Friday, March 19, 2010

When I Grow Up

I've mentioned before what a precocious little girl I was, but those family stories really are not even the half of it. My parents used to tell people I was "going on 40" (as in 4 going on 40)--I didn't want to be a grown up I thought I was a grown up.

It made sense according to my own logic-I can hold adult conversations, I have many adult responsibilities, and I am just as smart as any adult (yes I can vividly recall thinking exactly that) so why shouldn't I be treated as an equal?

My parents always told me "because you're three (or four or five or six....) that's why" and in response I always said "age is just a number". I still maintain that is a logical argument!

I'm sure I was a joy to raise.

When I was in fourth grade I took my first for-real-actually-counts-on-your-permanent-record standardized test. If my parents had known what was good for them, they probably would have opted me out.

They gave me all the tests for my grade level and I returned with a literally perfect score. Then, following state protocol, they began handing me harder and harder tests to asses my "actual academic grade level". They kept going and kept going and then one day, much to my disappointment (I know, what kind of nerd was I?!) they stopped. My teacher told me that I was not scheduled for any more tests and I was crushed (seriously-nerd alert). In an effort to relieve me my poor, poor misguided fourth grade teacher told me,

"Don't worry-you aren't scheduled for more tests because there aren't anymore tests. If there were, I would give them to you I promise."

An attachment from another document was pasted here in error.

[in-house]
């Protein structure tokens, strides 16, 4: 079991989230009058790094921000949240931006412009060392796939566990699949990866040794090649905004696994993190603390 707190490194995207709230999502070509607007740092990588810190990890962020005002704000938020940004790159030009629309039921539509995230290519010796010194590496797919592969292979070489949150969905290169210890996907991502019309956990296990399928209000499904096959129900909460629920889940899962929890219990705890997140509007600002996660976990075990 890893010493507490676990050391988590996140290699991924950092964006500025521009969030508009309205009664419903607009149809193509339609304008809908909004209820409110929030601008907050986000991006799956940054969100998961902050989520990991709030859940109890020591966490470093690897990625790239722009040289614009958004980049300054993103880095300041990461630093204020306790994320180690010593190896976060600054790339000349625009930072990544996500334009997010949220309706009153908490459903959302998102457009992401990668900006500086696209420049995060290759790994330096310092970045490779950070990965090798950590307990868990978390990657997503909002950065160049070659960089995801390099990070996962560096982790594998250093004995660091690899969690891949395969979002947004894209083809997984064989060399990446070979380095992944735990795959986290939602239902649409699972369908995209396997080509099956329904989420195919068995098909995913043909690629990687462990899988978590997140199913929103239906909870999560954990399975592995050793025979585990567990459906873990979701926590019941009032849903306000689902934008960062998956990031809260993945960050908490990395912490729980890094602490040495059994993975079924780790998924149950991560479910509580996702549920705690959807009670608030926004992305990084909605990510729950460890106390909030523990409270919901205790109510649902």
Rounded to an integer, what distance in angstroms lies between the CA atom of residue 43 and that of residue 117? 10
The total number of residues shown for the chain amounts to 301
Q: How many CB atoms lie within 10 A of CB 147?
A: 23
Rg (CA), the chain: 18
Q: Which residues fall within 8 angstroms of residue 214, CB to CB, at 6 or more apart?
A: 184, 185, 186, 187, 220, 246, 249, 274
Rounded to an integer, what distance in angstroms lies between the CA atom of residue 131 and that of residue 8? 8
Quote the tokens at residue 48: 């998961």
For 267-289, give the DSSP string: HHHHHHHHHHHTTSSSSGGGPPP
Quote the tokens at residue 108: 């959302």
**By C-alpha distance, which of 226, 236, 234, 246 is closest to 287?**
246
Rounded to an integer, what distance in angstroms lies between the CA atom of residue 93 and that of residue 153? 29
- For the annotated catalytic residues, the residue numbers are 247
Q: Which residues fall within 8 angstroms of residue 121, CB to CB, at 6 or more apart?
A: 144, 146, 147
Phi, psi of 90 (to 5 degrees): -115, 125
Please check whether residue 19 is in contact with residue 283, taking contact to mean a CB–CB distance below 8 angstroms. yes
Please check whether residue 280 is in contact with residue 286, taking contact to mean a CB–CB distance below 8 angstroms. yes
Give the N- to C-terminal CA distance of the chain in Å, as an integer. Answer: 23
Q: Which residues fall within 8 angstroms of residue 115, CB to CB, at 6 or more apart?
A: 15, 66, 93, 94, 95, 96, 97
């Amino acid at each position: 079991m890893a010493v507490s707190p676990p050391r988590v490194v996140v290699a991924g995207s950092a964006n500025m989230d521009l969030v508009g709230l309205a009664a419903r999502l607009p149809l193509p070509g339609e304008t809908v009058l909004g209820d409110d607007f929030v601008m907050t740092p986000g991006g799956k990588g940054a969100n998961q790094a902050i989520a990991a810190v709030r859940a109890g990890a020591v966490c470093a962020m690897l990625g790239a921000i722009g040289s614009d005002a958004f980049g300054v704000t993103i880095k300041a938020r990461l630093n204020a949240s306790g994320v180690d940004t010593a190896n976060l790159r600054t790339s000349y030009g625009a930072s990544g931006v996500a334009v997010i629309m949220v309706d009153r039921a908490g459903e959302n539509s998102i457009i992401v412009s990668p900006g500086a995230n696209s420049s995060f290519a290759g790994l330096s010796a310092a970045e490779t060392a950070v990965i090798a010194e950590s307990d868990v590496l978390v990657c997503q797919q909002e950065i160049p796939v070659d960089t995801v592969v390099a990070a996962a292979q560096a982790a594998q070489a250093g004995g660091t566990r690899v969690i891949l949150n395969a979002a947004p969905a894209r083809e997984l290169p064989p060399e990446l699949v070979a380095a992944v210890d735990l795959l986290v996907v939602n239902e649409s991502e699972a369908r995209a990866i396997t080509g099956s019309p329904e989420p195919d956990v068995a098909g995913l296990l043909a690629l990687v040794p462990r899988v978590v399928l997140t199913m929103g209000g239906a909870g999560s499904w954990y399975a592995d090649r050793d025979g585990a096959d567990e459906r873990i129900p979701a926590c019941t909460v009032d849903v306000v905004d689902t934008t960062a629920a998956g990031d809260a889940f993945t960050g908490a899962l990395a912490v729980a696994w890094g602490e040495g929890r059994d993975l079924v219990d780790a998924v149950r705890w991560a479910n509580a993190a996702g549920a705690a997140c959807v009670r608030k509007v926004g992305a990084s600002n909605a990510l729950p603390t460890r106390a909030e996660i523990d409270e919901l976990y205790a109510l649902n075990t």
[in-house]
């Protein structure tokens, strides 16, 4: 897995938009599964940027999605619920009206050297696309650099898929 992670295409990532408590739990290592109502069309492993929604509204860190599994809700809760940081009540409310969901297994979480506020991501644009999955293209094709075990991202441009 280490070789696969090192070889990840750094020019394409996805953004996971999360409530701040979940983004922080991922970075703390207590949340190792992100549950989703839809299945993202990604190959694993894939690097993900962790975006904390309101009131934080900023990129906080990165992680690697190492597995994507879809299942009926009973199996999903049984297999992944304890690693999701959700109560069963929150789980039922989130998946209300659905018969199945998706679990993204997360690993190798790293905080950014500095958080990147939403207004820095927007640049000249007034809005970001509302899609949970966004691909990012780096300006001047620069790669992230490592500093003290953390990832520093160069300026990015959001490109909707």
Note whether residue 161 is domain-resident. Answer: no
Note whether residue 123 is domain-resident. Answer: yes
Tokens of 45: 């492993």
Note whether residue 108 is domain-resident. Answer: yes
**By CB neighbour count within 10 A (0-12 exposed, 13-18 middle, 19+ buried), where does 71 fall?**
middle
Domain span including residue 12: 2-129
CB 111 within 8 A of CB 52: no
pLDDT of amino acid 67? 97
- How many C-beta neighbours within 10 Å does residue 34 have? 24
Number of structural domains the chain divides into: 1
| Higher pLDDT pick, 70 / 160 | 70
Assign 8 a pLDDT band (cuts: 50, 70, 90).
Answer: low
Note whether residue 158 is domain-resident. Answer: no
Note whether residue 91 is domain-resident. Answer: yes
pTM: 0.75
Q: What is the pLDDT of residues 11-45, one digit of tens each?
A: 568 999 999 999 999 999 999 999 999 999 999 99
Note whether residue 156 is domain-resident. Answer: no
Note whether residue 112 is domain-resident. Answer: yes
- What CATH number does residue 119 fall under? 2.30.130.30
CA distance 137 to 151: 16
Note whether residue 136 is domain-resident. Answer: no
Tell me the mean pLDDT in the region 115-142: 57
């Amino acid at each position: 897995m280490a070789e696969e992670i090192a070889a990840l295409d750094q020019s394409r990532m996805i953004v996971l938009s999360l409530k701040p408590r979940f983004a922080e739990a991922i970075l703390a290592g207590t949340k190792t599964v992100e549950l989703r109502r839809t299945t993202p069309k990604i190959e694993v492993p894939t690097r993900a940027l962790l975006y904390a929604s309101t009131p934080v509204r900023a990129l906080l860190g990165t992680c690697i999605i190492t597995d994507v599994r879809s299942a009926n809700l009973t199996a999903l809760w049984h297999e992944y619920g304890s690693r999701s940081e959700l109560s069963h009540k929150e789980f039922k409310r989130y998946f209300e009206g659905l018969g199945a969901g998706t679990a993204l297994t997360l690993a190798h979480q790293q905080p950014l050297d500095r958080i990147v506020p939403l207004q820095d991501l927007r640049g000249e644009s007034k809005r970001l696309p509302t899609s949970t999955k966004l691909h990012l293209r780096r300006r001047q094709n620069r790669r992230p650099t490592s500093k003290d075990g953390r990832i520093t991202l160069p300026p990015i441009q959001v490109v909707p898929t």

"There aren't any more tests?" I remember asking skeptically.

"That's right. You passed them all."

"What does that mean as far as my academic grade level?" Yes, at 8 years old I can guarantee you that I actually said 'academic grade level'.

"It means that you have tested on an collegiate level in all subjects."

"So I could be in college right now?"

"Academically, yes I suppose."

She had no idea what kind of monster she was feeding. Hers was a hand too close to the crocodile tank and I was only too happy to bite it off. From that moment on I was utterly convinced that I was in every way equal to adults. No body could tell me or order me to do anything-they had to convince me that their request (and I always saw it as such) was the most logical course of action.

Clean my room? Why?

Do my homework? Why?

Go to bed? Why?


This last November I turned 24 and I have to admit that in some ways I am the same-I still don't take orders from anybody, and I still demand to be treated as an equal regardless of my age (although now more people are willing to concede that). I have however learned one especially important lesson-you don't know everything until you realize that you don't know anything.

That doesn't mean that you can't know and understand facts and figures, or even be intellectual and philosophical, but just because you comprehend some things here and there-maybe even a lot of things here and there-doesn't mean you know squat. The wisest people know that many things are unknowable and it is far better to be wise than it is to be smart.

Don't you worry though-God definitely got me back on this one. I've learned my lesson about what it means to be a wise adult rather than a smart (mouthed) kid--and now I have my own little Monkey who needs me to teach him about why he isn't a grown up yet.

Is that irony or justice? Maybe a little of both...

[Have more fun over at Mama Kat's place during Writer's Workshop!]

3 comments:

Lisa in Oz said...

Heh, you remind me of me. :-P

One time when I was about 9 years old, an aunt commented on how smart I was. I airily replied, "Yes...I am wise for my years." And then got really mad when she laughed at me.

Melissa aka Equidae said...

lol that is so sweet. I hope you have a great weekend

singedwingangel said...

Ahhh the curse of our parents who say " i hope you have a child just like you some day" Man does it come back to bite us sometimes lol.